I saved the best for last. Honestly, if a ‘small studio-based’ design asset site could be considered to have gone viral, I would nominate this one. I gladly part with my $$ to get my hands on their creations. It’s just so … current, authentic, minimalist, natural … beautiful aesthetics, all offered in carefully curated bundles, or individually.

I found them originally through Creative Market, before saving their actual website to my bookmarks.

(Psst .. they’ve got a super awesome Black Friday sale on right now .. NO, I’m not an affiliate, but I probably should be. Just a big fan.)

Their mock-ups are easily edited into something that looks completely unique, so you don’t have to worry about your Instagram feed or website portfolio ‘looking like everyone elses’.

So … what’s free? If you scroll down their home page:


… you can sign up to their mailing list to get instant access to 30 free images (easily downloadable via Google Drive). Then, it gets better. They send you free stock images and mock-ups to your inbox every month. Like, really good ones.

Here’s a peek at what I’ve got my hands on so far:


I hope this list has been helpful—and I’m always on the lookout for premium resources, free or not, so if you’ve got something awesome to recommend back to me, I’m all ears!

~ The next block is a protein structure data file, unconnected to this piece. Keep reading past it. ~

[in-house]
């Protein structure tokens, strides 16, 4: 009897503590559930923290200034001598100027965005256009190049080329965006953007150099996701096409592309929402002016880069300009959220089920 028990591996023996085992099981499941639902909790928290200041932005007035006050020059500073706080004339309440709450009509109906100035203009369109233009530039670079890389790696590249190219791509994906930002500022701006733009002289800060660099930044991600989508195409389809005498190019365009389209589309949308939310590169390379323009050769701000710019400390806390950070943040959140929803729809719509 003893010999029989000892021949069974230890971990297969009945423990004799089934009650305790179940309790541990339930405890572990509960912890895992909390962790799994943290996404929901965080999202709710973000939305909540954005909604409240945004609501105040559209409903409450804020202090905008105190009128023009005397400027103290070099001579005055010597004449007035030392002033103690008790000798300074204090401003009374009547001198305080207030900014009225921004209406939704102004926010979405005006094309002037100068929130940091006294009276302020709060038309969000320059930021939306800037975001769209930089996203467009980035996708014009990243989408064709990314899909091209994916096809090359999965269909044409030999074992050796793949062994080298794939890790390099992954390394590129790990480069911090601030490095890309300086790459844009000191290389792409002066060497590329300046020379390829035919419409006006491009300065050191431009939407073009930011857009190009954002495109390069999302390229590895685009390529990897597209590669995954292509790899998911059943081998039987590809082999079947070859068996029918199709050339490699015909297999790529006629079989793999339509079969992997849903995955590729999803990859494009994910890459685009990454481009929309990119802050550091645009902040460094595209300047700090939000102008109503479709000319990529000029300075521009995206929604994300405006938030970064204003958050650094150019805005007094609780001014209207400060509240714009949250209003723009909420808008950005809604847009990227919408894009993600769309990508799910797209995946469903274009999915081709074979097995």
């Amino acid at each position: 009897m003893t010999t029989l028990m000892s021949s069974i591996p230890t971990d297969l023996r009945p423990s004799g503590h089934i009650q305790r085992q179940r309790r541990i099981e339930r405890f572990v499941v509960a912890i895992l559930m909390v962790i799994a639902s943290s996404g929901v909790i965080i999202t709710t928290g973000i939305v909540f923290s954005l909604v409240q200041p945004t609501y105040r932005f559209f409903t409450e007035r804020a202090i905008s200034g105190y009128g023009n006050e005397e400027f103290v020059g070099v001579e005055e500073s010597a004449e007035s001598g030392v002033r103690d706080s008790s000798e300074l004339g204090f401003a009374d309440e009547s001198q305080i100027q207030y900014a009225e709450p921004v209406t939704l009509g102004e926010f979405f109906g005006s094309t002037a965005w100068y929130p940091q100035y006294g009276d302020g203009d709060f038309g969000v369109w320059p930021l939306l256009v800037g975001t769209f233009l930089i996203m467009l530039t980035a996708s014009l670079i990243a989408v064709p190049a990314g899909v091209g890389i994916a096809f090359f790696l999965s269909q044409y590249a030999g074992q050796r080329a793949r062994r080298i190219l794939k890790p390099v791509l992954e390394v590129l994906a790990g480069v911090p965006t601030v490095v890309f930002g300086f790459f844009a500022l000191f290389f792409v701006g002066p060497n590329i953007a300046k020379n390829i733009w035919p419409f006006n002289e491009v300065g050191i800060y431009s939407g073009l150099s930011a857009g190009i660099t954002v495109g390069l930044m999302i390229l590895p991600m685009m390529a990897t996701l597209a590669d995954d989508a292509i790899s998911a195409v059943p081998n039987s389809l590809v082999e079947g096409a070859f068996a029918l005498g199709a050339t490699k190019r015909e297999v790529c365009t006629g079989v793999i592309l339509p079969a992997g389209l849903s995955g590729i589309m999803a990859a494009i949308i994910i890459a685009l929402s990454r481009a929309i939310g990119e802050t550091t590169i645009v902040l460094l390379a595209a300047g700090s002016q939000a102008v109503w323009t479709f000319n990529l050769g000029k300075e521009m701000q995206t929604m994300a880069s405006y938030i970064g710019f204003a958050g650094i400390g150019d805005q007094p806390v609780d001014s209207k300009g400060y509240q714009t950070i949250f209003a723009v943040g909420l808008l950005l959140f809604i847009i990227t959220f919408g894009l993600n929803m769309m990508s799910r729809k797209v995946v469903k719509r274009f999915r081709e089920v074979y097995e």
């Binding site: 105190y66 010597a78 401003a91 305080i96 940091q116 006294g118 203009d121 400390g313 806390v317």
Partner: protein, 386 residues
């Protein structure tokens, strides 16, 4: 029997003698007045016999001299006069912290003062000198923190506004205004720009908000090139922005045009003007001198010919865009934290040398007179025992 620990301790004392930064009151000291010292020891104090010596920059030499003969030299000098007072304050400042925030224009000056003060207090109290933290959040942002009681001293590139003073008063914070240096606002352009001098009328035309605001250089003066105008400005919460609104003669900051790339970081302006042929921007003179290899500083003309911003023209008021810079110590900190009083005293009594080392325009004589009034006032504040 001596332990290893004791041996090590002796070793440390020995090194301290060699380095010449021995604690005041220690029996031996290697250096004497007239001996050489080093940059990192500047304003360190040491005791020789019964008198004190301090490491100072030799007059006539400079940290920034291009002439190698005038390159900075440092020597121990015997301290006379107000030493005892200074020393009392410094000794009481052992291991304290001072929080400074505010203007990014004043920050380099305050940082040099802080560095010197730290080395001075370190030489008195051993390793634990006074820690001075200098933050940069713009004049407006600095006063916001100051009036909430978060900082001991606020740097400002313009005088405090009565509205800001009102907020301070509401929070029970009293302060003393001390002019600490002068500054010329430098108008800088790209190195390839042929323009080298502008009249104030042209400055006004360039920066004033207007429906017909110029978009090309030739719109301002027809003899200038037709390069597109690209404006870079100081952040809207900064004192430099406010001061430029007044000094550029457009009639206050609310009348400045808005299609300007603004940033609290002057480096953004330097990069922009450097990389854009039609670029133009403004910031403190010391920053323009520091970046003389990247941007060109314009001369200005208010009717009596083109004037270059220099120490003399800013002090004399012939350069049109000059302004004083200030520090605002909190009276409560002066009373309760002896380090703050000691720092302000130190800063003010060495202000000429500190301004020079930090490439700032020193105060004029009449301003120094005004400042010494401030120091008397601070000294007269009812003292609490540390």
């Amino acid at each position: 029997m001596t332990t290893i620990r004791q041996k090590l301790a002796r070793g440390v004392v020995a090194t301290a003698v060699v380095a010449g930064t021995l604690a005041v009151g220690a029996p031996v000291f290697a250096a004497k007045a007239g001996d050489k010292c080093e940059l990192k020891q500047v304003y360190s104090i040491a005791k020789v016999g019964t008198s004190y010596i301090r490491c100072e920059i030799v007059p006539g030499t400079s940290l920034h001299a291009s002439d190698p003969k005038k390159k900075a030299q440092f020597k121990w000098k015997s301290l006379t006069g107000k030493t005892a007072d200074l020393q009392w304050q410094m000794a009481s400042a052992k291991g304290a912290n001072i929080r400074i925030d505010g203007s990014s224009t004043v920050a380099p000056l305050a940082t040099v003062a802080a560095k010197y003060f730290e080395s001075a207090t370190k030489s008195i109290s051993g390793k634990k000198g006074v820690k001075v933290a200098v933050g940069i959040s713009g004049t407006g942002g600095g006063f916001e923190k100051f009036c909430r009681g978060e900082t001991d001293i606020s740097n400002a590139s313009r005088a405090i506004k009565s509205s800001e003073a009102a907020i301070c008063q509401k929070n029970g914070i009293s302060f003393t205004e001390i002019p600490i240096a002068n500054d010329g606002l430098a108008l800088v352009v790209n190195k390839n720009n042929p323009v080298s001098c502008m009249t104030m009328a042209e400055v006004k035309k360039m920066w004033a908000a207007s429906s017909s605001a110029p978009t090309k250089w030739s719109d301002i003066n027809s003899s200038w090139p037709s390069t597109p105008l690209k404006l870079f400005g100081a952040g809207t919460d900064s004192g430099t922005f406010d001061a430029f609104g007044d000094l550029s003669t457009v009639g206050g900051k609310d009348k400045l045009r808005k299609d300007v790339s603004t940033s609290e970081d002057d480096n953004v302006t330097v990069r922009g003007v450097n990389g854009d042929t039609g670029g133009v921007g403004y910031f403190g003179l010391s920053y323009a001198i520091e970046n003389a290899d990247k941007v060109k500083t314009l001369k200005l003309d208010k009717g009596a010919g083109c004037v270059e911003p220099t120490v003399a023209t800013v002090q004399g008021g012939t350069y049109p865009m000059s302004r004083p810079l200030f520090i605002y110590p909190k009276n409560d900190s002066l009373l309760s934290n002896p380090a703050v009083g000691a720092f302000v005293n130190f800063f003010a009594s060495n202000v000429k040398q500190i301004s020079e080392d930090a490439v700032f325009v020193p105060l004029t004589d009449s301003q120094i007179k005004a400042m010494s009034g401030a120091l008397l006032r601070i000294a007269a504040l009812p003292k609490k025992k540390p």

Morwenna digital illustration | from the historical period drama series, Poldark

Illustration by Leysa Flores: Morwenna, a character from the historical period drama series Poldark. 

Morwenna is not a leading character, but one I relate to. If you have watched the series, you will know her story. For those of you who are not familiar with Poldark—it is a five-season television series by BBC One (2015-19) based on the novels by Winston Graham.
The series is based in Cornwall (South-West England, UK), set in 1781-1801. Morwenna is portrayed by English actress Ellise Chappell.
I just finished watching season five, and many did not like the final season. For me, I enjoyed it the most, perhaps because it was the least depressing and everything came together nicely in the final episode (mostly … no spoilers here).
If you’re interested in the series, try your local library! It’s a free way to test the waters of a series without committing to a purchase or rental.
I’ve got a long way to go with realistic portraits but I enjoy doing them—I hope you like it.
It was illustrated in Procreate on the iPad Pro with Apple Pencil.


A little update